03 February 2004

Win or Lose, Who Will be There for You?

Al Sharpton .:spoke:. to the people of Aiken, South Carolina on the afternoon of Super Bowl Sunday. The Reverend, once again, proved how much his intelligence has been underestimated by the media, and the general public.

Using self-deprecating humor and tongue-in-cheek conceit, he exhorted the crowd to think for themselves. He explained just how ludicrous the accusation is that his candidacy is killing the party, and described it as "already dead". Al recounted how the 2000 mid-term election was proof that the cowardly tendency of Democrats to imitate Republicans doesn't work. Even with Clinton as president, the Democrats could not gain control of either the House, or the Senate. He also reminded them of the one obvious fact that political talkingheads ignore when speaking of his chances to win the nomination— only one candidate will win, and six others will not.

Al expertly put the references to his purported attempt to take over Jesse Jackson's media-bestowed title of Black leader into perspective. He delineated the many Civil Rights era leaders who were outspoken and respected in the same period of time. People like MalcolmX, Martin Luther King, Fannie Lou Hamer, Ralph Abernathy, Hosea Williams, Ralph Bunche, Adam Clayton Powell, A. Philip Randolph, et al, shared the glare of the media spotlight with at least one other Black man or woman of their day. There is no rule, unwritten or otherwise, that precludes more than one Black man or woman from galvanizing people on various issues. The way the media rails against Al Sharpton, one would think that there was.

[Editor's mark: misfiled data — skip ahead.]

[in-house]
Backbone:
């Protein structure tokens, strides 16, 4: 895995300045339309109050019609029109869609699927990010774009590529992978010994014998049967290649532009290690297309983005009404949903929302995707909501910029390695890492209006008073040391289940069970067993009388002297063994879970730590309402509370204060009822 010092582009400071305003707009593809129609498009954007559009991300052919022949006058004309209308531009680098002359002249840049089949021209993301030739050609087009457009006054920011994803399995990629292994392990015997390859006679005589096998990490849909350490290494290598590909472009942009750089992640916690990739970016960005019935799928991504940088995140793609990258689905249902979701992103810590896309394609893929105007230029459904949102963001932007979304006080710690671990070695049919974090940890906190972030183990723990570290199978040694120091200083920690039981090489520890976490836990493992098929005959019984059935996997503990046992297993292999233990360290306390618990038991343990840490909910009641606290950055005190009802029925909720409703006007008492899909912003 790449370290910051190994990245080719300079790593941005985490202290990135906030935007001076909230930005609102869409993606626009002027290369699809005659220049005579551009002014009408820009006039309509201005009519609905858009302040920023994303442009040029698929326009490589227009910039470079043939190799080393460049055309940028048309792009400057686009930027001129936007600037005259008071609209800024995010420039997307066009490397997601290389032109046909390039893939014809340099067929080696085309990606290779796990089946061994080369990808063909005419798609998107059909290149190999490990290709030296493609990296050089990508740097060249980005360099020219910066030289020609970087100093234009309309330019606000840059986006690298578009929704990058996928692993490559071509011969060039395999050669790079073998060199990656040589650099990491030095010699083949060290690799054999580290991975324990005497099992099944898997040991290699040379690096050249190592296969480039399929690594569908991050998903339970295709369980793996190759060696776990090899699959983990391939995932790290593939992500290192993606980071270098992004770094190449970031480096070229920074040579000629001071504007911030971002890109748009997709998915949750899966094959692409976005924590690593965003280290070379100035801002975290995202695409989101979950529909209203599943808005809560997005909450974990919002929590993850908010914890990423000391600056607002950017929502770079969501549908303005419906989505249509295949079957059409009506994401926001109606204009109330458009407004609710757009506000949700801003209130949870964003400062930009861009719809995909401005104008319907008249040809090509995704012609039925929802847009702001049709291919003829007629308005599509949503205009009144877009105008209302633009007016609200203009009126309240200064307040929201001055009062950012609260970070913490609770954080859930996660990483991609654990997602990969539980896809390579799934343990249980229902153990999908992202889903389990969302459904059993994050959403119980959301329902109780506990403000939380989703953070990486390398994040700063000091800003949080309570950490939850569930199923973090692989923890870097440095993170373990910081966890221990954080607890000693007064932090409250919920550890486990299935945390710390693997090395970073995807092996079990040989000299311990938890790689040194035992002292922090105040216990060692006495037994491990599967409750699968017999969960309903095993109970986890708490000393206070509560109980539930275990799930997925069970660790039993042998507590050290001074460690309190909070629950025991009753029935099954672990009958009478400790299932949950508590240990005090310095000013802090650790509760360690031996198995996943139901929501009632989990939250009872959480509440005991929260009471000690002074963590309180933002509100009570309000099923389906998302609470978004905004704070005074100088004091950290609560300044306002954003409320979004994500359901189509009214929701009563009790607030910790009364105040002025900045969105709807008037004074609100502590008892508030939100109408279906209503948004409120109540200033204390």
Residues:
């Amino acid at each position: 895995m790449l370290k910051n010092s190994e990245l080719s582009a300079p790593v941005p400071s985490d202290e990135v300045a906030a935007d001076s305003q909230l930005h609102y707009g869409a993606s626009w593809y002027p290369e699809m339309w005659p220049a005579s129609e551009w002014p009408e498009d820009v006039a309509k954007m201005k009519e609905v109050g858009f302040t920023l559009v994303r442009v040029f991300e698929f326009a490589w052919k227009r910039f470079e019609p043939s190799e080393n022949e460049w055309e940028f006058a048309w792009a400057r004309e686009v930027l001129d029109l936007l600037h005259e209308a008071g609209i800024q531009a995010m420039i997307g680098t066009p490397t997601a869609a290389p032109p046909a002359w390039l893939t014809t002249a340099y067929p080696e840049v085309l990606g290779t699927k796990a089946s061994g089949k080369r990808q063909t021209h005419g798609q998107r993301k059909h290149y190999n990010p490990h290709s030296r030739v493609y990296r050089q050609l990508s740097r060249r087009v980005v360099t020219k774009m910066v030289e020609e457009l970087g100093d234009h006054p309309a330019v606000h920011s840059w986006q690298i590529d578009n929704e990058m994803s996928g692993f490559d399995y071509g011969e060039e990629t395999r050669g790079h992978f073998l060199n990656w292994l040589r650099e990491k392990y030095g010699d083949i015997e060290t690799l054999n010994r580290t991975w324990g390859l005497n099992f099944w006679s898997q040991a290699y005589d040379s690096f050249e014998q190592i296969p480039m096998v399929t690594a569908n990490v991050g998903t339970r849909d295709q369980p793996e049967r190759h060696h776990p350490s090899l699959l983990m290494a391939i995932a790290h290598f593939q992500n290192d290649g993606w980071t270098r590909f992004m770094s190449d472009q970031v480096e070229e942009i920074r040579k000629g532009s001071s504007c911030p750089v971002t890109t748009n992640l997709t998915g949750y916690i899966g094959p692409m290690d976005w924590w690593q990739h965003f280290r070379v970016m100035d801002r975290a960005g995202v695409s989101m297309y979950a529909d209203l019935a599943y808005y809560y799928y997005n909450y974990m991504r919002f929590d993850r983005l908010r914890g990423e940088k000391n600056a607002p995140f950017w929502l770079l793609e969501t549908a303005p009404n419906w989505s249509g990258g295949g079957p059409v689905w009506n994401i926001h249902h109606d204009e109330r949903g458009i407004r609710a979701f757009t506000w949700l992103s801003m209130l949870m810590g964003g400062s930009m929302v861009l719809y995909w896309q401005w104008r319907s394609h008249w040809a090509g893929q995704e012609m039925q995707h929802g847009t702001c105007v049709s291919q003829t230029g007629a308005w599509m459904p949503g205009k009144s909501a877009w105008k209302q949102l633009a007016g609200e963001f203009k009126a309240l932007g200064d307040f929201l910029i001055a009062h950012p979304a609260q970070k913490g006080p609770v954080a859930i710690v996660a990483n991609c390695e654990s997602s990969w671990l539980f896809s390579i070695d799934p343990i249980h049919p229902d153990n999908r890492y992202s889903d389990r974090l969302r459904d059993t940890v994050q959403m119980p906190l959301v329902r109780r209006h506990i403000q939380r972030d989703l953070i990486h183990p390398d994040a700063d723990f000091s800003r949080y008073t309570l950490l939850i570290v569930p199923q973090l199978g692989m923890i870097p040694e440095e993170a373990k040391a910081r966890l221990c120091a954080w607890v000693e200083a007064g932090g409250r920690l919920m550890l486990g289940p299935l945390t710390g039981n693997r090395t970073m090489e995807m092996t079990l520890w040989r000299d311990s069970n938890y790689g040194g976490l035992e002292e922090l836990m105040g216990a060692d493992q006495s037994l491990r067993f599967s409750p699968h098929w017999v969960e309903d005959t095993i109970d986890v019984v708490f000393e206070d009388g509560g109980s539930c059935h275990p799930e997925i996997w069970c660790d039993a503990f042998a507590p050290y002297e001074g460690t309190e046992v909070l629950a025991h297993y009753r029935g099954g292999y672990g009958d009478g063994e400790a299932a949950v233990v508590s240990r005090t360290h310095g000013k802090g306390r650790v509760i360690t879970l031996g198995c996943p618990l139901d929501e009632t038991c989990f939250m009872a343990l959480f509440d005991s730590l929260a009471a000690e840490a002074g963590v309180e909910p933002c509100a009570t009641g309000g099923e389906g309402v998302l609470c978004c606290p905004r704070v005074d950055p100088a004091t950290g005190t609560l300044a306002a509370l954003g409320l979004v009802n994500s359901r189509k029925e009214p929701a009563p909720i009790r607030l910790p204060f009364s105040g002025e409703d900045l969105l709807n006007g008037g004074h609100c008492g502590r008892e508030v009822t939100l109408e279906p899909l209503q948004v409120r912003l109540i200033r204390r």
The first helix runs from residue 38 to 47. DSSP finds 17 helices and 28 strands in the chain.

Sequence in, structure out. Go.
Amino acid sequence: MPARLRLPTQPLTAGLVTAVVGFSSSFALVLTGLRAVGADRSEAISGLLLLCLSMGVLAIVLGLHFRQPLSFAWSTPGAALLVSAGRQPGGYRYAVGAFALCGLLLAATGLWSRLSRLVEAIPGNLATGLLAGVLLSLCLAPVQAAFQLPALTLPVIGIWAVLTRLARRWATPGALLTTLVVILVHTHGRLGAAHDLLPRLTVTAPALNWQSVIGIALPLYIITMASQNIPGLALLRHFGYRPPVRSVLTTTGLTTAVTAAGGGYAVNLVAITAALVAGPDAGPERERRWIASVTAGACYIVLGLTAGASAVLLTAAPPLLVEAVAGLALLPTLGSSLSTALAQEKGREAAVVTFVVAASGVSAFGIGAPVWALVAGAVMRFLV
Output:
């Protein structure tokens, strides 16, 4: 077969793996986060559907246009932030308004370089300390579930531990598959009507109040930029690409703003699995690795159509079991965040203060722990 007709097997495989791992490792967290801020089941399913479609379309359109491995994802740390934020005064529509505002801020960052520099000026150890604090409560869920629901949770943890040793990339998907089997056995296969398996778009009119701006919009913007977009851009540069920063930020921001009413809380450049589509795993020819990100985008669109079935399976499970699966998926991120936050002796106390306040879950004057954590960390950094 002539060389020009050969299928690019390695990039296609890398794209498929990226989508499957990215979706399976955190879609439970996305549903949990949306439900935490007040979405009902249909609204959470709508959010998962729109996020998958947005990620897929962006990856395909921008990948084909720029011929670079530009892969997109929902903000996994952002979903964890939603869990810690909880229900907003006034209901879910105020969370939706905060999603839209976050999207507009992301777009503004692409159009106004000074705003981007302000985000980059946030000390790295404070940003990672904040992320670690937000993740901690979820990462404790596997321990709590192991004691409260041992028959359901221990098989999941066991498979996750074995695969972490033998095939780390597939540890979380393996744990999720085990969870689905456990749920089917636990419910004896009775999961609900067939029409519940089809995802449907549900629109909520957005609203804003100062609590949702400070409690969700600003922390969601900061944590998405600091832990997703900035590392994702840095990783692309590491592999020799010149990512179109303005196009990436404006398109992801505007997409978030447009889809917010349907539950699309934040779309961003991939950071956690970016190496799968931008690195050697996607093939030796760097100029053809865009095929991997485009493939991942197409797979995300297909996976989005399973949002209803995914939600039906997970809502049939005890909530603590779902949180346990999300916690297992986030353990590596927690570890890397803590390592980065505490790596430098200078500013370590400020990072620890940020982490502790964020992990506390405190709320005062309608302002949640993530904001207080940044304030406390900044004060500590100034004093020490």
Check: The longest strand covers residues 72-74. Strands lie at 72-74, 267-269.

Finally, the Reverend obliterated the false assertion that the primaries are a win/lose (either/or) proposition. Winning delegates, he explained, enables the candidate who best represents one's interests to attend the Democratic Convention. Their attendance will insure that the issues of importance to the voters will be incorporated into the eventual nominee's platform. He doesn't have to receive the nomination for his supporters to win!

Like the people of Aiken, SC, Democrats across the country must ask themselves serious questions . . . which candidate has always voiced concern for issues that affect my life, will the candidate make a real difference if his ideas are watered down versions of the GOP's, and will this candidate remember my support if he receives the nomination, and ultimately wins the presidency?

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